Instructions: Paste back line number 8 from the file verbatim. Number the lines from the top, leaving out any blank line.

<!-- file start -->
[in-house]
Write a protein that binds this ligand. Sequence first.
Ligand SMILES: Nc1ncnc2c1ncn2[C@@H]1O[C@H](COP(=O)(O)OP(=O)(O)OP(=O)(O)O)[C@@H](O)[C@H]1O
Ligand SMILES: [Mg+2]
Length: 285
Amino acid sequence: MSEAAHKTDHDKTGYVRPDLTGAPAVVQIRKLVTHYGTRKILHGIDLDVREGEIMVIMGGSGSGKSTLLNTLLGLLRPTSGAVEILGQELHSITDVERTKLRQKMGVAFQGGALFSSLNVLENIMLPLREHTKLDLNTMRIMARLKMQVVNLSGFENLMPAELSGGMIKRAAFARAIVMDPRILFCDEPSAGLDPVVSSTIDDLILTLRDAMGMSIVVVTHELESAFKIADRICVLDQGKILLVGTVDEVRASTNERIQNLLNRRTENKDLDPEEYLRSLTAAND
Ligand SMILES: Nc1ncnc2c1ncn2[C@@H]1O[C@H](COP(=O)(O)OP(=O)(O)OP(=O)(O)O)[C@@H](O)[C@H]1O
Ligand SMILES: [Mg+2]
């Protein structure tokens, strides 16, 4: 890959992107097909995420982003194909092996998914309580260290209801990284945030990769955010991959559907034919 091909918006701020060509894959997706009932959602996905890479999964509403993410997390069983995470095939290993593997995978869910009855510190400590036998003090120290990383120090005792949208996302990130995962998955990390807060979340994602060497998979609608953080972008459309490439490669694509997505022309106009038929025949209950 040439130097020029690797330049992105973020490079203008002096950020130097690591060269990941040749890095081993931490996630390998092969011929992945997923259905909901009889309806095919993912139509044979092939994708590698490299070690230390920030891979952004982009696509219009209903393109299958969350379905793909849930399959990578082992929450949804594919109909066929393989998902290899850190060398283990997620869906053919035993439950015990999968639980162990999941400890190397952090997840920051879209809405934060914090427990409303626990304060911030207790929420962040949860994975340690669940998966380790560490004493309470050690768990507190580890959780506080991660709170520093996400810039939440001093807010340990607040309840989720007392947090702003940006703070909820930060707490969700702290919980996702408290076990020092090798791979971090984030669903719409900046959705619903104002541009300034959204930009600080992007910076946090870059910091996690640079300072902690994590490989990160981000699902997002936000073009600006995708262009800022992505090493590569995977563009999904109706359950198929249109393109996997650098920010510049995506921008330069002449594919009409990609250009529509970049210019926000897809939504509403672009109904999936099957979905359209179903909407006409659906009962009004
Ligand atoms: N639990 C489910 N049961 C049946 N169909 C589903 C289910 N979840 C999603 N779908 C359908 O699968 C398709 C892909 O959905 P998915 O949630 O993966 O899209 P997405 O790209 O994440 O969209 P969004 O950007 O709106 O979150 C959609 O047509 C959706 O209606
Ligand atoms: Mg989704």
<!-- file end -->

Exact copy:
Ligand SMILES: [Mg+2]